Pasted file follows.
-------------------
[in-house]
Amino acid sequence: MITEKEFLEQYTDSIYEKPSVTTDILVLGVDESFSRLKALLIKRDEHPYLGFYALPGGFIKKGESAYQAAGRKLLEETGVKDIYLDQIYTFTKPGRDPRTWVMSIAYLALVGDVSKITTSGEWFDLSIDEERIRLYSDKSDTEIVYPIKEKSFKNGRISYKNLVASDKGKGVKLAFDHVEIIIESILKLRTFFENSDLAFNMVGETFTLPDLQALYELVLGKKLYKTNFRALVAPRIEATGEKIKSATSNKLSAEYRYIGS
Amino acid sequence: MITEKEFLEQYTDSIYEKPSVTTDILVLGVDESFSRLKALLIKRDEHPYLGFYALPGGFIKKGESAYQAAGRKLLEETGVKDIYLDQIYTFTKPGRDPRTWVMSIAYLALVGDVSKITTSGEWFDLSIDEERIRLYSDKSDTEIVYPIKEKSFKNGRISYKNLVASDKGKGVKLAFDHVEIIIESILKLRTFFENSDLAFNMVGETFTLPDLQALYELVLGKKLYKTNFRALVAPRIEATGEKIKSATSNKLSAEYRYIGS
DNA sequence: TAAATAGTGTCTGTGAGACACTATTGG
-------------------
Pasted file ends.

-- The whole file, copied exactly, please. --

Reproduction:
[in-house]
Amino acid sequence: MITEKEFLEQYTDSIYEKPSVTTDILVLGVDESFSRLKALLIKRDEHPYLGFYALPGGFIKKGESAYQAAGRKLLEETGVKDIYLDQIYTFTKPGRDPRTWVMSIAYLALVGDVSKITTSGEWFDLSIDEERIRLYSDKSDTEIVYPIKEKSFKNGRISYKNLVASDKGKGVKLAFDHVEIIIESILKLRTFFENSDLAFNMVGETFTLPDLQALYELVLGKKLYKTNFRALVAPRIEATGEKIKSATSNKLSAEYRYIGS
Amino acid sequence: MITEKEFLEQYTDSIYEKPSVTTDILVLGVDESFSRLKALLIKRDEHPYLGFYALPGGFIKKGESAYQAAGRKLLEETGVKDIYLDQIYTFTKPGRDPRTWVMSIAYLALVGDVSKITTSGEWFDLSIDEERIRLYSDKSDTEIVYPIKEKSFKNGRISYKNLVASDKGKGVKLAFDHVEIIIESILKLRTFFENSDLAFNMVGETFTLPDLQALYELVLGKKLYKTNFRALVAPRIEATGEKIKSATSNKLSAEYRYIGS
DNA sequence: TAAATAGTGTCTGTGAGACACTATTGG